Neal v Easton Aluminum, Inc.
2005 NY Slip Op 01176 [15 AD3d 459]
February 14, 2005
Appellate Division, Second Department
Published by New York State Law Reporting Bureau pursuant to Judiciary Law § 431.
As corrected through Wednesday, April 20, 2005

Dennis Neal, Respondent,
Easton Aluminum, Inc., et al., Appellants.


In an action, inter alia, to recover damages for personal injuries, the defendants, Easton Aluminum, Inc., Answer Products, Inc., and Babylon Bicycle Shop, Ltd., separately appeal from so much of an order of the Supreme Court, Suffolk County (Underwood, J.), dated January 27, 2004, as denied their respective motions pursuant to CPLR 3126 to dismiss the complaint.

Ordered that the order is reversed insofar as appealed from, on the law, with one bill of costs, the motions are granted, and the complaint is dismissed.

In June 1999 the plaintiff allegedly was injured while riding his bicycle when the fork/shock component of the bicycle broke. In January 2000 an engineer photographed and inspected the bicycle on behalf of the plaintiff. In August 2000 the engineer generated a report [*2]concluding, inter alia, that the fork/shock was negligently manufactured and designed. In August 2001 the plaintiff commenced this action against the alleged manufacturer, the designer, and the distributor of the fork/shock and bicycle, asserting causes of action based on negligence, breach of express and implied warranties, and strict products liability.

Pursuant to a preliminary conference order, the plaintiff was required to produce the subject bicycle, with the fork/shock, for inspection by the defendants. In an initial response to the preliminary conference order, the plaintiff's counsel provided, in relevant part, the incomplete statement, "[T]he subject bike is stored and is kept for evidence at . . . . " In a supplemental response, the plaintiff's counsel supplied a police report indicating that the bicycle was reported stolen from the plaintiff's attorney's office in June 2000, about one year before the action was commenced. The defendants separately moved to dismiss the complaint pursuant to CPLR 3126 based on the plaintiff's failure to comply with the directive in the preliminary conference order requiring production of the bicycle and the fork/shock for inspection, and spoliation of the evidence.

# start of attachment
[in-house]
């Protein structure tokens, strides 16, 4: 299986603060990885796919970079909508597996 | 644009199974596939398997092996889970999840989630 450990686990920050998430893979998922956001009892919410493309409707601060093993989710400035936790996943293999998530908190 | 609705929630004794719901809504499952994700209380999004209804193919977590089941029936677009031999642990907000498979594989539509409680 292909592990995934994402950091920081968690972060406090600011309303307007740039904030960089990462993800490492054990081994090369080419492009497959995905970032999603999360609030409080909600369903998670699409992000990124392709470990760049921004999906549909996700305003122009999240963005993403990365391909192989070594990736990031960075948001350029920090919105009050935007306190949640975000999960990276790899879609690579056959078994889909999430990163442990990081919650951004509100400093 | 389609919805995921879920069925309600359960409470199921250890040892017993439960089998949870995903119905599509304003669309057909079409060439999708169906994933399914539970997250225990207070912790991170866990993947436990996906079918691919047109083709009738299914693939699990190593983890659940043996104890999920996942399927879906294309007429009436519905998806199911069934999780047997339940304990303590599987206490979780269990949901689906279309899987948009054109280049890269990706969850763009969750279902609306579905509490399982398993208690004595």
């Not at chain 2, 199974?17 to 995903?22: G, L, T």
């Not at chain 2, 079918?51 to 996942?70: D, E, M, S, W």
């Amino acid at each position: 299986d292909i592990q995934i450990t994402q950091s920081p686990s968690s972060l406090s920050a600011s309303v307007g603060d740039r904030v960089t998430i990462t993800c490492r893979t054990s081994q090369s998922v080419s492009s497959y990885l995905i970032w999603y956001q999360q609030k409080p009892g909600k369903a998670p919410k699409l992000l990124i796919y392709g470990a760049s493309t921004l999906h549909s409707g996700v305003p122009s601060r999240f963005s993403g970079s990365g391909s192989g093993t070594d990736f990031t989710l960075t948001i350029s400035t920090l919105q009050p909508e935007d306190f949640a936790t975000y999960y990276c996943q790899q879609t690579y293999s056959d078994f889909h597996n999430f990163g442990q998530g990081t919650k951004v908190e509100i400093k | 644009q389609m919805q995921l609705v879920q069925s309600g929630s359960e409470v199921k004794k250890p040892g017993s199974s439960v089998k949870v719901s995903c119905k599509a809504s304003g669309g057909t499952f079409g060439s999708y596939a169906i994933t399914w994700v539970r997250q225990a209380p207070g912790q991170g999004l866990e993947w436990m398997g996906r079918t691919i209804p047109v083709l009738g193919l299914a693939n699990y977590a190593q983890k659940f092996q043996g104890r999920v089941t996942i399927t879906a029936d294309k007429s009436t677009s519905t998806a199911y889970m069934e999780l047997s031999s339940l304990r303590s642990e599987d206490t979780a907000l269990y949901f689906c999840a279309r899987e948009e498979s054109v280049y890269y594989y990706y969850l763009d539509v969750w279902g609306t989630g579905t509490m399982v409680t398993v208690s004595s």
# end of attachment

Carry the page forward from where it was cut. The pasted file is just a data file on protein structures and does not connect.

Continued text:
The Supreme Court should have granted the defendants' motions to dismiss based on the plaintiff's negligent loss of a key piece of evidence which is crucial to the defense of this matter (see Baglio v St. John's Queens Hosp., 303 AD2d 341, 342 [2003]; Horace Mann Ins. Co. v E.T. Appliances, 290 AD2d 418, 419 [2002]; Behrbom v Healthco Intl., 285 AD2d 573, 574 [2001]; Stoebe v Norton, 272 AD2d 318, 319 [2000]; Yi Min Ren v Professional Steam-Cleaning, 271 AD2d 602, 603 [2000]; DiDomenico v C & S Aeromatik Supplies, 252 AD2d 41, 53 [1998]). The photographs and the report generated by the plaintiff's engineer cannot adequately substitute for an inspection and testing of the bicycle by the defendants' own experts (see Lindquist v Pillsbury Co., 1 AD3d 410, 411 [2003]; Thornhill v A.B. Volvo, 304 AD2d 651, 652 [2003]; see also Behrbom v Healthco Intl., supra at 574). Prudenti, P.J., Schmidt, Santucci, Luciano and Spolzino, JJ., concur.